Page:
August 27, 2003

The destabilizing effects of the Iraq war

    Wednesday, August 27, 2003   No comments



By Ahmed E Souaiaia
August 27, 2003
In one of his most recent remarks, President Bush acknowledged that "terrorists are gathering in Iraq ” and he argued that “the more progress we make in Iraq , the more desperate the terrorists will become."  At first glance, there may appear to be some intelligent logic in that assessment of the situation in that part of the world.  However, when taken into the context of how we arrived where we are now, that statement can only be construed as an alarming admittance of failure and short-sightedness. 
A year ago, around this time, Iraq was bowing to the threat of military action if they did not disarm. Access to suspected banned weapons was granted, Samud missiles were being destroyed, so-called mobile labs were tested, and information gathered by spy satellites and other intelligence means were analyzed. Had the West kept the pressure on the regime under the UN umbrella, the world community could have extracted Saddam’s consent to protect and honor his international commitments to human rights or risk war that will remove him from power.
Four months after the unilateral action undertaken by President Bush and Prime Minister Blair, the weapons of mass destruction are nowhere to be found. And the scary part of this is: if this administration was correct in its initial assessment of the existence of such weapons, by now, these weapons may have already fallen in the wrong hands. Alternatively, if these weapons did not exist in the first place, then the premise of sending troops to the killing fields becomes non-existent as well.  Every day a life is lost in that war zone, the administration must face the reality of stopping the loss of the next by doing the right thing, not by spinning it.
This war was premised on disarming Iraq and putting an end to the proliferation of weapons of mass destruction. While WMD’s are yet to be found in Iraq , the danger of proliferation became more and more real as states who wanted to possess them accelerated their quest. After all, it is only rational that regimes would learn from past experience: compliance with disbarment demands did not guarantee Saddam’s political survival but having a nuclear weapon could as the crisis with North Korea shows. Because of this slow-acting administration, we will see a new race for “weaponizing” and that would include the acquisition of dangerous weapons.
Four months after the launch of this costly war, Saddam had the Qaeda-type militants cornered and limited to the Northern small area controlled in most part by the Kurds. Today, and according to the administration officials and military leaders, al-Qaeda itself, or its representatives, are roaming the streets of Baghdad and killing at will.
Four months ago, the war on terror was taken to the opponents’ backyard with the support and blessings of the world community. This administration inherited an overwhelming post-911 legacy of sympathy that could have propelled the US to an unprecedented moral leadership. Since the launch of the war, it would appear that Bin Laden has recruited more members and affiliates than this administration’s allies. Additionally, the real-estate that was shrinking under the feet of the opponents in Somalia and Afghanistan , miraculously expended to include Iraq and soon, very likely, neighboring states like Saudi Arabia and Jordan . The international outrage over the killing of innocents in New York turned into an outrage against the arrogance and unilateralism of this administration even from historical allies like France as a result of hasty decision to go to war. Never in my imagination, could a state transform itself from the victim that earned the sympathy and support of the entire world into a demonized bully in this short time. This administration blindsided the grieving American public to carry out a counter-productive mission.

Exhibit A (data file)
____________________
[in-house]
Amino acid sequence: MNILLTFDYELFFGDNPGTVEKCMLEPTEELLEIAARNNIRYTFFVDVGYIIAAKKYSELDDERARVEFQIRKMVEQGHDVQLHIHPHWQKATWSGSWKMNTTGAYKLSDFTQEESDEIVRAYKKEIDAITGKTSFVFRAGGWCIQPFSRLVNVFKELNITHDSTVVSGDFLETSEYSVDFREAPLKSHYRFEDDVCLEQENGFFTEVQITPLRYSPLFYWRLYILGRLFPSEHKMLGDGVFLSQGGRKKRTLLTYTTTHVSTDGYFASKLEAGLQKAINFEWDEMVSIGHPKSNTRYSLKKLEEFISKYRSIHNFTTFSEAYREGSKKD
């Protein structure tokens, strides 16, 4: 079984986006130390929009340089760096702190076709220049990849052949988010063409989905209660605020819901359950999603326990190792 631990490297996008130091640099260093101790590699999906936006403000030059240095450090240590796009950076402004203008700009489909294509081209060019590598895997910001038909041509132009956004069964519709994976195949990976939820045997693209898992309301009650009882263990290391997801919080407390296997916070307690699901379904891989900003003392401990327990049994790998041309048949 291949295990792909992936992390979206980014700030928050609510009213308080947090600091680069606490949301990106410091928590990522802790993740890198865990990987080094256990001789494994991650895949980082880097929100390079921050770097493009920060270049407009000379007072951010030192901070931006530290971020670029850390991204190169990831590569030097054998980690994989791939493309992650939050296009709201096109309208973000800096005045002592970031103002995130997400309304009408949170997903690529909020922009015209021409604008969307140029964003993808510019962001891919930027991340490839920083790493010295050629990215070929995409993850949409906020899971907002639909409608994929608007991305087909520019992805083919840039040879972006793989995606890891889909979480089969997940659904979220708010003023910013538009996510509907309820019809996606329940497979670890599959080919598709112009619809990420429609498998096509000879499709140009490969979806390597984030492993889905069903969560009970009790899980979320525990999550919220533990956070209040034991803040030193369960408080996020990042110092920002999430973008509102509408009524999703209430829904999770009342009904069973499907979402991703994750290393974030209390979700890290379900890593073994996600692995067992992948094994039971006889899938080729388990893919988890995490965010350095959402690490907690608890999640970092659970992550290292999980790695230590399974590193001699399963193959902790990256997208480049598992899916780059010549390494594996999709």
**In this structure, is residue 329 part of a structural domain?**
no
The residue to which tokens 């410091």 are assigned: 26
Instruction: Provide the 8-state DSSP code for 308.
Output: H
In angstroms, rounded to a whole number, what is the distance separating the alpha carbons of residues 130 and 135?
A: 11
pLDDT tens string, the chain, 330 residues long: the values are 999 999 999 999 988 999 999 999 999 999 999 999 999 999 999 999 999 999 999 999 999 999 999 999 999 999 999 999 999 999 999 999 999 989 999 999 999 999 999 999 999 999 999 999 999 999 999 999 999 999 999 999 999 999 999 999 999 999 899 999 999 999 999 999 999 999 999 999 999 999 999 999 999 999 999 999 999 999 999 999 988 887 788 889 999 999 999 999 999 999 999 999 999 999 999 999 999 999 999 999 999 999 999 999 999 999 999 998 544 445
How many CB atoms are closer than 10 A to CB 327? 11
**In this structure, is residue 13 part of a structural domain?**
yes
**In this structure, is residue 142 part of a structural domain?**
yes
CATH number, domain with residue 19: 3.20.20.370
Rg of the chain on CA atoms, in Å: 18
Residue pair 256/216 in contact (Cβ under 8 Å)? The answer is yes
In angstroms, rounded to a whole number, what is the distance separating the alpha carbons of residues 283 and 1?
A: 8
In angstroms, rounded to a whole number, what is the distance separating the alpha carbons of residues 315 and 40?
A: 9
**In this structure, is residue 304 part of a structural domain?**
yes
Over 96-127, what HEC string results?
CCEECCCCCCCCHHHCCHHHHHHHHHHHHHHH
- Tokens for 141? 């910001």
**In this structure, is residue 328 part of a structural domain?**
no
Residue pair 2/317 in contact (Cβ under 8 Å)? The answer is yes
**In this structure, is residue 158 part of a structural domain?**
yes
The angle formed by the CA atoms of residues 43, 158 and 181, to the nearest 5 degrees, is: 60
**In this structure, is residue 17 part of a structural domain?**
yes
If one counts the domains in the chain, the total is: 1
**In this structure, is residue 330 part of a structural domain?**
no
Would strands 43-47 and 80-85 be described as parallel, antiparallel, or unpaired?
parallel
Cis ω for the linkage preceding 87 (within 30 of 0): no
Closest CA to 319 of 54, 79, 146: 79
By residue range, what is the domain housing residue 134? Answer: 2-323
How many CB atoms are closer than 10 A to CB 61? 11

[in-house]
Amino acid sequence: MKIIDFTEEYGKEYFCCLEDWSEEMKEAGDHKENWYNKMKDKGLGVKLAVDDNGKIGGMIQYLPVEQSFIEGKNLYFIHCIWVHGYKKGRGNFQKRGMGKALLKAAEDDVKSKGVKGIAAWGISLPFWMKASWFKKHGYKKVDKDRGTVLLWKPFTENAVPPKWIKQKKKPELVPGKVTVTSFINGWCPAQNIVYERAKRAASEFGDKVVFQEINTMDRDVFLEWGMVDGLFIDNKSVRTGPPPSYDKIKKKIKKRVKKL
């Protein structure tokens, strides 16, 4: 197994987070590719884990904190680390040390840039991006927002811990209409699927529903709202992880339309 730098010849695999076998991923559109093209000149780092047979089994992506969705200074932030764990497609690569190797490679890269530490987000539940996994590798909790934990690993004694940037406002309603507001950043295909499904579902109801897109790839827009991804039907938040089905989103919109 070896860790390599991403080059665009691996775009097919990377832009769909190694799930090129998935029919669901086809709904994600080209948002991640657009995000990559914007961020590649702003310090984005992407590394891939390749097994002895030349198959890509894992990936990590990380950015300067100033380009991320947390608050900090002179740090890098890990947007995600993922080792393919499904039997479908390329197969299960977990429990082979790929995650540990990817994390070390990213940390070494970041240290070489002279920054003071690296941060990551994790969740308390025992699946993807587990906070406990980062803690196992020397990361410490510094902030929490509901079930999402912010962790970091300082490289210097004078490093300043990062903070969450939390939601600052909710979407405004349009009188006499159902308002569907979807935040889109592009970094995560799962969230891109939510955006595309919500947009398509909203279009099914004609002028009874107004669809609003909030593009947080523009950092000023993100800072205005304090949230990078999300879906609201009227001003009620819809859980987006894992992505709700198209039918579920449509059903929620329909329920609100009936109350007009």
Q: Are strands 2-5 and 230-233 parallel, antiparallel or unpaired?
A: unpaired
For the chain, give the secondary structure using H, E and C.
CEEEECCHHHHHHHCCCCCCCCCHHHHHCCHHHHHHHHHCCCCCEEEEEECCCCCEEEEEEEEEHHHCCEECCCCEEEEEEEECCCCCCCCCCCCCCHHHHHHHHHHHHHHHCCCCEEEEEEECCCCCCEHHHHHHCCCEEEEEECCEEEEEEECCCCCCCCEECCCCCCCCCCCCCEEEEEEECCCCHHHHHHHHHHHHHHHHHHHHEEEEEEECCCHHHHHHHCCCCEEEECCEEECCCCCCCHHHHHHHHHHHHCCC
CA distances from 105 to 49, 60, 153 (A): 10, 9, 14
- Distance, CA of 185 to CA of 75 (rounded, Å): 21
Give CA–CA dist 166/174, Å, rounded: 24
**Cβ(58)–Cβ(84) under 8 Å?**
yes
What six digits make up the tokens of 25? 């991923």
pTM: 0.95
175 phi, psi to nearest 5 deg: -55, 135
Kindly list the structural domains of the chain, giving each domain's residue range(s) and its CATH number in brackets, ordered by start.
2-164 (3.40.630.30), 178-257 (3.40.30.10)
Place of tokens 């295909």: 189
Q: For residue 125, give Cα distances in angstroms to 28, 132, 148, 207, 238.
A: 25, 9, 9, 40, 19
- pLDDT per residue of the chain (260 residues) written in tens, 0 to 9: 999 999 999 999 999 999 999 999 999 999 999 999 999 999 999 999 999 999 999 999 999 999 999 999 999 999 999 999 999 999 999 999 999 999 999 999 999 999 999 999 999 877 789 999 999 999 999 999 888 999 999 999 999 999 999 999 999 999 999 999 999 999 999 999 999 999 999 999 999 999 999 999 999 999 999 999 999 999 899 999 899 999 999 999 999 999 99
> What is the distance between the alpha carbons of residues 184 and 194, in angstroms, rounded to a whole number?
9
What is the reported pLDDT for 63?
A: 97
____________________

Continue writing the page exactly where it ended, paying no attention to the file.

Four months ago, the reach of the brutal spy and security personnel trained by Saddam to kill his enemies was shrinking due to the watchful eye of world and the presence of numerous international organizations. This week, the Interim US Administration in Iraq decided to enlist the services of these same elements to fight the resistance; it must be a painful memory-jolt for Iraqis who are asked to believe that old ways are gone with Saddam.
What is most alarming is that this war is indirectly expending the definition of terrorism to levels that would render terrorism legitimate in the eyes of many. It seems that this administration is labeling anyone attacking the US troops in Iraq as a “terrorist”. In doing so, the US runs the risk of blurring the boundaries between terrorism and legitimate resistance.  Just as there is a legal context for the US occupation as defined in international law, resistance movements, misguided as they may, have the legal protection as well. If the administration insists on not making the distinction even in a sensitive situation like this, then it will run the risk of legitimizing terrorism per se.

Ed Isr

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